Hunger Notes Basics: Understanding Global Hunger

Photo by USAID of student in a classroom

Hunger is not having enough nutritious food. To end global hunger, nutritious food needs to be affordable and available to everyone.

WHES has created several resources ideal for students, educators, and others looking for a general overview of global hunger.

As part of our Hunger Basics series, you you will find:

  • A fact Sheet
  • Explainer Video
  • Infographics
  • Quick Facts

 


 

 FACT SHEET: Understanding Global Hunger

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Understanding Global Hunger

 

 

 


 

VIDEO: Ask an Expert

In this short video, Steve Hansch, World Hunger Education Service board member, Hunger Notes author, and global health expert, explains global hunger, discusses a few causes, and tells you how to get involved in humanitarian work.

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INFOGRAPHIC: Hunger at a Glance (2022)

 

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QUICK FACTS 

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Defining Hunger

Hunger and food insecurity are the two main terms to describe and track global hunger.

Global hunger is about quality, not just quantity. It’s the long-term lack of the right kind of nutritious food.

Food Insecurity means not always having access to the food people need for a healthy life.

→ Moderate: Skipping meals occasionally.

Severe: Going days without food.

Acute: Sudden, urgent food shortages.

 

Hunger is not having the right kind of enough. When food is too expensive or unavailable, low-income families make hard choices about what they eat, or if they can eat at all.

 

The Real Cost of Eating Healthy

Globally, a nutritious diet costs about $3.33 a day. In regions of Africa where hunger is disproportionately the highest, people who live in extreme poverty ($2.15 a day) can’t afford a healthy diet.

 

Why Are People Hungry?

Consumer Behavior:  People’s food choices and their interactions with food production influence hunger. A growing demand for cheap processed foods changes what kind of food is produced. There are not enough available fruits and vegetables for a healthy diet in almost every region of the world. Unsustainable farming also reduces production, harms the environment, and heightens hunger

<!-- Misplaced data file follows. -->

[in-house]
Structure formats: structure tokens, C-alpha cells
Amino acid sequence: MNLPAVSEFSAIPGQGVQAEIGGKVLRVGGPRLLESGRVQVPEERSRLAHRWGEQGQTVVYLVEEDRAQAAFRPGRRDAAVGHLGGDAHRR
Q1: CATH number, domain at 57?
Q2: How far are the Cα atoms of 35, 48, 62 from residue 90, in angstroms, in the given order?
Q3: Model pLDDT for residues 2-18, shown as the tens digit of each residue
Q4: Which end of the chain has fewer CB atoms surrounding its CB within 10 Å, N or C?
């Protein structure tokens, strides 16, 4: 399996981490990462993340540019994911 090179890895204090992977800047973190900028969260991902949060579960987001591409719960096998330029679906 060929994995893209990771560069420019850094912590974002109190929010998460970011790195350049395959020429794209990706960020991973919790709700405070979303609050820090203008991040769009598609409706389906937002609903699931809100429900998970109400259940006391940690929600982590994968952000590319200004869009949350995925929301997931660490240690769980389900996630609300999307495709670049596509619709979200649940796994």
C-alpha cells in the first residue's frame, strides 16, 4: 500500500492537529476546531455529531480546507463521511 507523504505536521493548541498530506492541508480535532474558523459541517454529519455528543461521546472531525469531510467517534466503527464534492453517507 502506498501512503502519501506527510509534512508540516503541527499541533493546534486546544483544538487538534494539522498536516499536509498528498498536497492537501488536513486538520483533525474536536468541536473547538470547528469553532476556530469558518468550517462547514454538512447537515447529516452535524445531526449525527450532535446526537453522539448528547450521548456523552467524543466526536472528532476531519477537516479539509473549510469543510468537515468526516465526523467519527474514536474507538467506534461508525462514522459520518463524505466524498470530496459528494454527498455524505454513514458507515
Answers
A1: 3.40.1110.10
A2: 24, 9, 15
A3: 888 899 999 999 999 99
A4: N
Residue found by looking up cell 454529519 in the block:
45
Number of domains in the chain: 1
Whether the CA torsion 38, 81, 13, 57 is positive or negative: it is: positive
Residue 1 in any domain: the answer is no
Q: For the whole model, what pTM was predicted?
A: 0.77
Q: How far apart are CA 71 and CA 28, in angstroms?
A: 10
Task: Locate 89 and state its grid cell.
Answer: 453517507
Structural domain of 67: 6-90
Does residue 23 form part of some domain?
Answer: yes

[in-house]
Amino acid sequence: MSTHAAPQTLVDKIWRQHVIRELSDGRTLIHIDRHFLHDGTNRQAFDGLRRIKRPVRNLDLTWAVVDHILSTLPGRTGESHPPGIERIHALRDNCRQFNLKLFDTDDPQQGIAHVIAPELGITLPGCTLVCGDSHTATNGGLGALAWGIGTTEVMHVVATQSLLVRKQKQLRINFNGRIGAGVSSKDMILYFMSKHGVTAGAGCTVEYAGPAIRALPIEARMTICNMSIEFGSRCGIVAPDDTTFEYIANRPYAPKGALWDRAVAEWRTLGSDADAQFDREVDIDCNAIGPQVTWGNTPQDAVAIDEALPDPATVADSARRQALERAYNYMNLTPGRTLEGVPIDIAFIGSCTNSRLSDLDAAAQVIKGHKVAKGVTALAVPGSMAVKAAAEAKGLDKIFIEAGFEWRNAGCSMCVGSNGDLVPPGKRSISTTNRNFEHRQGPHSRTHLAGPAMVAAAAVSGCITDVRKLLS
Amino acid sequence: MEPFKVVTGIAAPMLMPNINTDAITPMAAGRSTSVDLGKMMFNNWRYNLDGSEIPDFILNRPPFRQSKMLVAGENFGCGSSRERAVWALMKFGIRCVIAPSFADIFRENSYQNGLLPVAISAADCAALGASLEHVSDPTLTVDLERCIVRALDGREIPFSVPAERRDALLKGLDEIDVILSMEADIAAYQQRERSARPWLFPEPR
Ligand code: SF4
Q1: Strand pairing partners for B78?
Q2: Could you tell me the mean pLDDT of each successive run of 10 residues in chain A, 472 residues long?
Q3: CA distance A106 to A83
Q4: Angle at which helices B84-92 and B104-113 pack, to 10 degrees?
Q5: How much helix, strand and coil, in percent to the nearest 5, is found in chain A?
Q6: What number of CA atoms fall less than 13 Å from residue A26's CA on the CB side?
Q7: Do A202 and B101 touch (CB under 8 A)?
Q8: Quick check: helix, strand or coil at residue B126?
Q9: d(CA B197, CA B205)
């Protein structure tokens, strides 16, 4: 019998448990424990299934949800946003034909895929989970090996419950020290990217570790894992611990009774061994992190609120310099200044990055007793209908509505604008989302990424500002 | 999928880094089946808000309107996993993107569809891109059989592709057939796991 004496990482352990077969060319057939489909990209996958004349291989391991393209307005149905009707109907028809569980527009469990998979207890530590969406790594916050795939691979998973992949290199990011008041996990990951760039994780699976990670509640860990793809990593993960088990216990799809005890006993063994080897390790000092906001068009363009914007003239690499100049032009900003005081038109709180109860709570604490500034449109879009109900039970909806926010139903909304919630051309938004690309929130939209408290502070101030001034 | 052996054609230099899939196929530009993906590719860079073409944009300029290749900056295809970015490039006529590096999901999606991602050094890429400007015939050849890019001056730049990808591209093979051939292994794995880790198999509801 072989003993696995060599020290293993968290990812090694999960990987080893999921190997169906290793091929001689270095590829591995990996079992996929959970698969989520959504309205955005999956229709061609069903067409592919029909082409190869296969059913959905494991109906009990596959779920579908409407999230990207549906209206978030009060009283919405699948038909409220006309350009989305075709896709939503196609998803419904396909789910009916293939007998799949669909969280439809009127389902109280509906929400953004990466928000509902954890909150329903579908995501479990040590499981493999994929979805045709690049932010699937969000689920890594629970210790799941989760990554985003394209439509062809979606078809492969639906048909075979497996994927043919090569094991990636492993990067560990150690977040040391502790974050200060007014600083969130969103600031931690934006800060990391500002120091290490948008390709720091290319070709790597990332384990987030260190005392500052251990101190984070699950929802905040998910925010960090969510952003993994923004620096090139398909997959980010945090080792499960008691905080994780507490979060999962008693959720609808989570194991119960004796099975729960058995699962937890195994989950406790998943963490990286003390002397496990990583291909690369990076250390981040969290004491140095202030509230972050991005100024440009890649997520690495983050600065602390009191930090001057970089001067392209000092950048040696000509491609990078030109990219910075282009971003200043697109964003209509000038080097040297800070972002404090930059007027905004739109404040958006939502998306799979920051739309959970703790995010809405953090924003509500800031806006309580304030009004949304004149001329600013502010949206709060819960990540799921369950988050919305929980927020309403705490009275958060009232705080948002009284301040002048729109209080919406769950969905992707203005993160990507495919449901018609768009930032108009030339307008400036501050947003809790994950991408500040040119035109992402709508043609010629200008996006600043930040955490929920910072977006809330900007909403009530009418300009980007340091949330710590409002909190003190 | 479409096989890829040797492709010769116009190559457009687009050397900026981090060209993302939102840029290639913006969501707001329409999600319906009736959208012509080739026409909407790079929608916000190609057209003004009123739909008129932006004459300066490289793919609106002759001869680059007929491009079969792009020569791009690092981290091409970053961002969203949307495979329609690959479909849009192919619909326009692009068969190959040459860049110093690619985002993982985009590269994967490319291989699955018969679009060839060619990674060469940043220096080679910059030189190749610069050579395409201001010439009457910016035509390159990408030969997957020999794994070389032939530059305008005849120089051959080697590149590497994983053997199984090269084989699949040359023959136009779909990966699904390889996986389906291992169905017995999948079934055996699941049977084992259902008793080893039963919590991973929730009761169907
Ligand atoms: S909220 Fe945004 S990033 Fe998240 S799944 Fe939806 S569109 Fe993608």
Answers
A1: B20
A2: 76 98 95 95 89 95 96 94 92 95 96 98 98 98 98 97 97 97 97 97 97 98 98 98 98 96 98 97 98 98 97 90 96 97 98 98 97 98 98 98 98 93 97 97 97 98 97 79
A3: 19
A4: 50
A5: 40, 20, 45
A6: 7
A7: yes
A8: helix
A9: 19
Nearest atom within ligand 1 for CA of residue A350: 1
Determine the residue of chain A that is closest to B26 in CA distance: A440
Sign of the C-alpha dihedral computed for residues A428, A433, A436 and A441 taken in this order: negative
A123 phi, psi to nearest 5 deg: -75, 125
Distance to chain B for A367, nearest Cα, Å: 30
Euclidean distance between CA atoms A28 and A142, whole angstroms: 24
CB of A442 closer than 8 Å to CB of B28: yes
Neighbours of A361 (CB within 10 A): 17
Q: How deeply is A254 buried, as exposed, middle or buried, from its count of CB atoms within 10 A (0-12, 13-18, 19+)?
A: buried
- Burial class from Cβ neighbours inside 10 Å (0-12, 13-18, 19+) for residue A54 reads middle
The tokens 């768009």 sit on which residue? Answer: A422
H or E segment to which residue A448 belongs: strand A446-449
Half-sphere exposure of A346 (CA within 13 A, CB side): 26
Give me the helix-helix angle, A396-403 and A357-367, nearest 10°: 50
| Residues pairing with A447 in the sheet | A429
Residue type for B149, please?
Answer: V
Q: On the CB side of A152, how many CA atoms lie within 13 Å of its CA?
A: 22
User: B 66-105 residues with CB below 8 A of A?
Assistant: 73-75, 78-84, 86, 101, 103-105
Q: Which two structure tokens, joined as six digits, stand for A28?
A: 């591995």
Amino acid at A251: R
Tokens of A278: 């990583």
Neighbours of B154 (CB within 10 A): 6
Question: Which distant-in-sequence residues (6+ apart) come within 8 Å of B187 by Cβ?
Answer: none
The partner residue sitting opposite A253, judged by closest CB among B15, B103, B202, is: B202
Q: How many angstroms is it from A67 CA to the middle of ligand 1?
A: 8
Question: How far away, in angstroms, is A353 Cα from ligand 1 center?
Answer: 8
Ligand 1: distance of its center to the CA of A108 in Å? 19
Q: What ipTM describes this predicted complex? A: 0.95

Climate Change:  Unpredictable weather, rising temperatures, and natural disasters disrupt farming and decrease nutrients in crops. Environmental degradation, floods, and droughts cause a reduction in the food supply and decrease land available to farm.

Conflict:  Wars displace people, disrupt the food supply and create vicious cycles of hunger and poverty. Conflict is both a cause and effect of hunger.

Poor Governance:  In countries with poor governance, institutions are weak and mismanaged, reducing the resources available for essential services like healthcare, education, and food distribution.

Poverty:  Low–income families, who spend the majority of their income on food, are vulnerable to higher prices and when supplies are low. People who live in extreme poverty can’t afford a healthy diet.

Inequality:  Gender discrimination is a leading cause of hunger. Inequality disproportionately increases hunger in all marginalized communities who have unequal access to power and resources, such as income, work, education, and land.